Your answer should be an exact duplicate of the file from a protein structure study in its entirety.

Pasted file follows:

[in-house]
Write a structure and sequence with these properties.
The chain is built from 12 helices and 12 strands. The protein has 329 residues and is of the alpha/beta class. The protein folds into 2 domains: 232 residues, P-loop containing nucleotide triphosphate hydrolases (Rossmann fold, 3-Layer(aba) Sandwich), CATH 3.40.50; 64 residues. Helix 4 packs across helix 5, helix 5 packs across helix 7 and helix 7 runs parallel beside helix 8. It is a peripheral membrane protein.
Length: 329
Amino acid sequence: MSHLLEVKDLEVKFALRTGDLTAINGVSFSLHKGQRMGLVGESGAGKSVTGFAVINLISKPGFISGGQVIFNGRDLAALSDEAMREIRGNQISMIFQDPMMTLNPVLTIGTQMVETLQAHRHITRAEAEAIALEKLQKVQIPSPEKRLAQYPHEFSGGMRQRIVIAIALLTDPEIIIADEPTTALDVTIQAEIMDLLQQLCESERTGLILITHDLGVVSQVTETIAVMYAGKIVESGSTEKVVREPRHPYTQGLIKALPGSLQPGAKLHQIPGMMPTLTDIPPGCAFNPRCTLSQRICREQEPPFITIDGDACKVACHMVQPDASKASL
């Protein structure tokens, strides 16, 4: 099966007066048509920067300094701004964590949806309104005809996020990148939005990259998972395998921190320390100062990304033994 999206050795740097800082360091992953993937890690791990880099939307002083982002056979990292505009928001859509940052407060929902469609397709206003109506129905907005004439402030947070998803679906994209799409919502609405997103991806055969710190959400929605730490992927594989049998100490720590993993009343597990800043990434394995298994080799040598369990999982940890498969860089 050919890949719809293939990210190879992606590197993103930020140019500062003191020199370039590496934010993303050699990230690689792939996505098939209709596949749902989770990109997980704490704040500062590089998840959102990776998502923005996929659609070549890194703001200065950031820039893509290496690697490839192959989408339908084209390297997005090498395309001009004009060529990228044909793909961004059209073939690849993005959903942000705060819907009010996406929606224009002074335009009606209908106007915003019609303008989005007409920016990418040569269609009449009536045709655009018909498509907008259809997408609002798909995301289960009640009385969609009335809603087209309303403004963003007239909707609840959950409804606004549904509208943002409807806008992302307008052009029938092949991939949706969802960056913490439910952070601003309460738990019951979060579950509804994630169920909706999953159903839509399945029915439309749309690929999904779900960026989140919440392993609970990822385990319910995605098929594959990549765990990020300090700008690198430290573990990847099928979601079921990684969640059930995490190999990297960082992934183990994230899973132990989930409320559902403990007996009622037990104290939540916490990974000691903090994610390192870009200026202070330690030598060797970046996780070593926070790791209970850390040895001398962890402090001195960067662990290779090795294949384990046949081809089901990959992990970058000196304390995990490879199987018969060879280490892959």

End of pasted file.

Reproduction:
[in-house]
Write a structure and sequence with these properties.
The chain is built from 12 helices and 12 strands. The protein has 329 residues and is of the alpha/beta class. The protein folds into 2 domains: 232 residues, P-loop containing nucleotide triphosphate hydrolases (Rossmann fold, 3-Layer(aba) Sandwich), CATH 3.40.50; 64 residues. Helix 4 packs across helix 5, helix 5 packs across helix 7 and helix 7 runs parallel beside helix 8. It is a peripheral membrane protein.
Length: 329
Amino acid sequence: MSHLLEVKDLEVKFALRTGDLTAINGVSFSLHKGQRMGLVGESGAGKSVTGFAVINLISKPGFISGGQVIFNGRDLAALSDEAMREIRGNQISMIFQDPMMTLNPVLTIGTQMVETLQAHRHITRAEAEAIALEKLQKVQIPSPEKRLAQYPHEFSGGMRQRIVIAIALLTDPEIIIADEPTTALDVTIQAEIMDLLQQLCESERTGLILITHDLGVVSQVTETIAVMYAGKIVESGSTEKVVREPRHPYTQGLIKALPGSLQPGAKLHQIPGMMPTLTDIPPGCAFNPRCTLSQRICREQEPPFITIDGDACKVACHMVQPDASKASL
């Protein structure tokens, strides 16, 4: 099966007066048509920067300094701004964590949806309104005809996020990148939005990259998972395998921190320390100062990304033994 999206050795740097800082360091992953993937890690791990880099939307002083982002056979990292505009928001859509940052407060929902469609397709206003109506129905907005004439402030947070998803679906994209799409919502609405997103991806055969710190959400929605730490992927594989049998100490720590993993009343597990800043990434394995298994080799040598369990999982940890498969860089 050919890949719809293939990210190879992606590197993103930020140019500062003191020199370039590496934010993303050699990230690689792939996505098939209709596949749902989770990109997980704490704040500062590089998840959102990776998502923005996929659609070549890194703001200065950031820039893509290496690697490839192959989408339908084209390297997005090498395309001009004009060529990228044909793909961004059209073939690849993005959903942000705060819907009010996406929606224009002074335009009606209908106007915003019609303008989005007409920016990418040569269609009449009536045709655009018909498509907008259809997408609002798909995301289960009640009385969609009335809603087209309303403004963003007239909707609840959950409804606004549904509208943002409807806008992302307008052009029938092949991939949706969802960056913490439910952070601003309460738990019951979060579950509804994630169920909706999953159903839509399945029915439309749309690929999904779900960026989140919440392993609970990822385990319910995605098929594959990549765990990020300090700008690198430290573990990847099928979601079921990684969640059930995490190999990297960082992934183990994230899973132990989930409320559902403990007996009622037990104290939540916490990974000691903090994610390192870009200026202070330690030598060797970046996780070593926070790791209970850390040895001398962890402090001195960067662990290779090795294949384990046949081809089901990959992990970058000196304390995990490879199987018969060879280490892959």